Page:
Greece has proposed a new bailout program that involves a bridging loan to keep the country going for six months and help it repay €7 billion of maturing bonds.

The second part of the plan would see Greece’s debt refinanced. Part of this might be through “GDP bonds” – bonds carrying an interest rate linked to economic growth.

Greece also wants to see a reduction in the primary surplus target – the surplus the government must generate (excluding interest payments on debt) – from 3% to 1.49% of GDP.

In Greece last week, two opinion polls indicated that 79% of Greeks supported the government’s policies, and 74% believed its negotiating strategy would succeed.

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According to new reports, Greece is expected to request a six-month extension of its loan agreement on February 18.

The loan would not be an extension of the current bailout agreement, which includes strict austerity measures, Greek government officials were quoted as saying.

On February 16, Greece rejected a plan to extend its 240 billion euros bailout describing it as “absurd”.

Without a deal, Greece is likely to run out of money.

The eurozone has given Greece until February 20 to decide if it wants to continue with the current bailout deal.Greece bailout extension 2015

Greece wants to replace the bailout with a new loan that it says would give it time to find a permanent solution to the debt crisis.

The country’s current bailout expires on February 28. Any new agreement would need to be approved by national governments, so time is running out to reach a compromise.

Earlier Greek PM Alexis Tsipras called for a vote to scrap its austerity program on February 20, the same day as the eurozone deadline.

“We will not succumb to psychological blackmail,” Alexis Tsipras told parliament.

“We are not in a hurry and we will not compromise.”

Earlier, Germany’s Finance Minister, Wolfgang Schaeuble, said that Greece needed to make up its mind whether it wanted to extend the bailout program.

“None of my colleagues so far understands what Greece wants… whether Greece itself knows is not clear either,” he said.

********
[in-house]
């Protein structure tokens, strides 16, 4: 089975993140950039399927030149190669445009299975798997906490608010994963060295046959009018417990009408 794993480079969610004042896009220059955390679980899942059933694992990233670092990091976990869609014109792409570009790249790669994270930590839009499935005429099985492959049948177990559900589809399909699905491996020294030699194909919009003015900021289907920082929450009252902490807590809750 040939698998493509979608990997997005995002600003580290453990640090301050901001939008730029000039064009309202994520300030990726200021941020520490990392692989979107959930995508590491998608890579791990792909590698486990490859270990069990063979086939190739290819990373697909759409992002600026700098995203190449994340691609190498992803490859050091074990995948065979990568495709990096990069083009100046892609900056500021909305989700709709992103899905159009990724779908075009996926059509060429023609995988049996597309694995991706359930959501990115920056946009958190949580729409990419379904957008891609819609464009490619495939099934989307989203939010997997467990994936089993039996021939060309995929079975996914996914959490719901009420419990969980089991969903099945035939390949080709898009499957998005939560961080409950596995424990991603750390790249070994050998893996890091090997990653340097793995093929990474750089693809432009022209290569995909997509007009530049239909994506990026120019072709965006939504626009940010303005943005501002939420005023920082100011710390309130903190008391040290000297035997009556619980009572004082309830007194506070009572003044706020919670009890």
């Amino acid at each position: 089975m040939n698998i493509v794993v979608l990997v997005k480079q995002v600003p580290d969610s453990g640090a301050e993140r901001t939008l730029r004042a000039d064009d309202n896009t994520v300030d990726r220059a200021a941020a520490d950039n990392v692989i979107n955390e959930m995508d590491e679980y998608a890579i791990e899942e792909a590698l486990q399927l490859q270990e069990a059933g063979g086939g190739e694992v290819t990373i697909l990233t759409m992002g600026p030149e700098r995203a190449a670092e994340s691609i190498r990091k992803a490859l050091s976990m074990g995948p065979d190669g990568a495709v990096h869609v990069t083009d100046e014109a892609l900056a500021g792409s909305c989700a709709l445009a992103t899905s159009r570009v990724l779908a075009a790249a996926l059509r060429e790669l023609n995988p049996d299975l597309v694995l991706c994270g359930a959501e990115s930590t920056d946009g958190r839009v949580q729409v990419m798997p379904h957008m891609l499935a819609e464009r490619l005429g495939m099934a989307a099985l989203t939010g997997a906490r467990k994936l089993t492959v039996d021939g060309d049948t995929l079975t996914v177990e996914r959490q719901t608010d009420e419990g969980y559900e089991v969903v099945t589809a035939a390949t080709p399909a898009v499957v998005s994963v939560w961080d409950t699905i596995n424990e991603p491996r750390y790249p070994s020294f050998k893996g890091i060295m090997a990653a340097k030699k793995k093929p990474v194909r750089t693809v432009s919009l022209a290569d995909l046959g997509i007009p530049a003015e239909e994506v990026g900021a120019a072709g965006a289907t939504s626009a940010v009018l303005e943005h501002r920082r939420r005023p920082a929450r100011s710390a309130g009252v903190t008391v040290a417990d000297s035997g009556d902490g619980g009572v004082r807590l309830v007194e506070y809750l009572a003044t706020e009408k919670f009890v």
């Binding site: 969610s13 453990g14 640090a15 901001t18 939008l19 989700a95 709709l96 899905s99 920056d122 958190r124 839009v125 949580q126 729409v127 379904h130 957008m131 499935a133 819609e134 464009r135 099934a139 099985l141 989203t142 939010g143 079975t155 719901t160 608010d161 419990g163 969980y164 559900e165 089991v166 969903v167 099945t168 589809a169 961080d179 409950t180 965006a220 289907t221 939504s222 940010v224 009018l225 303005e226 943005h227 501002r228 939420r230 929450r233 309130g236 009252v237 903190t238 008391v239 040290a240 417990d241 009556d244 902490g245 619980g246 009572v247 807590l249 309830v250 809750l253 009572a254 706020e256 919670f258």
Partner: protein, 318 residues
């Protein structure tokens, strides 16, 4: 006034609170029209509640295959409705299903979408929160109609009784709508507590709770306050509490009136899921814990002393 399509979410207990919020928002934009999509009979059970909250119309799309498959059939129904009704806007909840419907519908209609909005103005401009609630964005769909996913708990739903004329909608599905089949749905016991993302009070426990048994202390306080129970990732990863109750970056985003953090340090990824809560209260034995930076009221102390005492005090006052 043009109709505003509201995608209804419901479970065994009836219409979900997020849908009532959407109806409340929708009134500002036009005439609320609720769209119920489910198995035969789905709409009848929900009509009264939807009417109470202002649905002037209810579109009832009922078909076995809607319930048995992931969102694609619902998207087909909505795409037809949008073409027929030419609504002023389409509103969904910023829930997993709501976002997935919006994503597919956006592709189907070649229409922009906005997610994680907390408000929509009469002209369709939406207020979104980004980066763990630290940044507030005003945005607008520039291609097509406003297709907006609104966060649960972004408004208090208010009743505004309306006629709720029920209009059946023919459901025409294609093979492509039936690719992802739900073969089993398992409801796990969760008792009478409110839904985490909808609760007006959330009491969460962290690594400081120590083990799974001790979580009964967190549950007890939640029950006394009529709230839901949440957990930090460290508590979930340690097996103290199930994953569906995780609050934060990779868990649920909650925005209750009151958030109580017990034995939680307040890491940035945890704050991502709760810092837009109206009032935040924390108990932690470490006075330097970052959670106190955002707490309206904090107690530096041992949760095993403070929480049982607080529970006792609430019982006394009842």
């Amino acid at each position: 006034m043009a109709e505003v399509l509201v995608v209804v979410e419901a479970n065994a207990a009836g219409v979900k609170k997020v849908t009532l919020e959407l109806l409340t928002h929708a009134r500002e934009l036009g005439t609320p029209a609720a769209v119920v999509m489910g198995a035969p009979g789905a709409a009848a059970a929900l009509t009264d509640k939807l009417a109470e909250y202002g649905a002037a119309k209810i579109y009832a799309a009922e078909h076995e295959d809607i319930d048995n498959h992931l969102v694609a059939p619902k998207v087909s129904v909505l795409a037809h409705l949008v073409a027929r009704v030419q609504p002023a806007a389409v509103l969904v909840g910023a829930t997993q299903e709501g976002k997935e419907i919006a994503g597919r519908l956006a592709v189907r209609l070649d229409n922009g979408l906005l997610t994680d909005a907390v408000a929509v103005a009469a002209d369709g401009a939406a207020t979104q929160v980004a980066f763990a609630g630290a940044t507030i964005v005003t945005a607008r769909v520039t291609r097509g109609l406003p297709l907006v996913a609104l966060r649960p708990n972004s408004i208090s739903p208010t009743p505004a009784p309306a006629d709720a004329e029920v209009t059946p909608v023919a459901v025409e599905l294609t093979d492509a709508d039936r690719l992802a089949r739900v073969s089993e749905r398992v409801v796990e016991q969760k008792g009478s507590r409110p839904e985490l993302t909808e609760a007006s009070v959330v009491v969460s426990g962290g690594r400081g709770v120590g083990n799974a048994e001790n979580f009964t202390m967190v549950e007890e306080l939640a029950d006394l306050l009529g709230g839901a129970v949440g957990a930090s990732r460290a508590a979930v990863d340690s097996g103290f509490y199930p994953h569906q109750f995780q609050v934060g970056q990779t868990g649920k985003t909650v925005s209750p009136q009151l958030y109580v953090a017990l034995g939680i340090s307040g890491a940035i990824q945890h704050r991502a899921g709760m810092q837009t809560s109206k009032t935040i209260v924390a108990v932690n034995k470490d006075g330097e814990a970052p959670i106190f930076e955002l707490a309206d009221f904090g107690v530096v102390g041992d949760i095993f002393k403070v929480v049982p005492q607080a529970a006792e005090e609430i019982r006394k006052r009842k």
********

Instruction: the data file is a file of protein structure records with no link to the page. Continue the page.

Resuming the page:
Alexis Tsipras criticized Wolfgang Schaeuble, saying that the German finance minister had lost his cool on Monday.

“Not because he spoke up against the Greek government, because that is his right, but he spoke condescendingly towards the Greek people,” he said.

The Greek stock exchange closed down by 2.45%, having fallen by as much as 4% earlier in the day.

JP Morgan claimed over the weekend that €2 billion worth of deposits was flowing out of Greek banks each week and estimated that if that were to remain the case, they would run out of cash to use as collateral against new loans within 14 weeks.

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The Greek stock market fell by more than 4% at its open on Tuesday, February 17, after European finance ministers failed to reach a new deal to restructure the country’s debts.

Greek bank shares fell almost 9%, while the government’s borrowing costs rose, with the yield on a 10-year sovereign bond rising 82 basis points to 10.74%.

On Monday night, Greece rejected a plan to extend its €240 billion bailout.

Greek Finance Minister Yanis Varoufakis called the EU deal “absurd” and “unacceptable”.

However, Yanis Varoufakis declared he was ready to do “whatever it takes” to reach agreement over Greece’s bailout, despite the collapse of the talks.

He also said he was prepared to agree a deal under different conditions.

The Greek stock exchange recovered some ground as the day progressed, but at midday on Tuesday in Athens, it was still 2.25% lower.

Stock exchanges across Europe all fell in morning trade before recovering.

Germany’s main index, the Dax, was 0.35% lower and France’s blue chip index, the CAC-40, down 0.19% at mid-day.Yanis Varoufakis Greece debt deal

In the UK, which has less exposure to Greece’s debt woes, the FTSE 100 Index which also started the day lower, had risen 0.45% by lunchtime.

JP Morgan claimed over the weekend that €2 billion worth of deposits was flowing out of Greek banks each week and estimated that if that were to remain the case, they would run out of cash to use as collateral against new loans within 14 weeks.

The investment bank’s estimate is based on a calculation that a maximum of €108 billion of deposits is left in Greek banks.

The most up-to-date figures from the Greek central bank show deposits dropped 2.4% month-on-month in December to €160.3 billion from €164.3 billion, marking the third monthly fall in a row.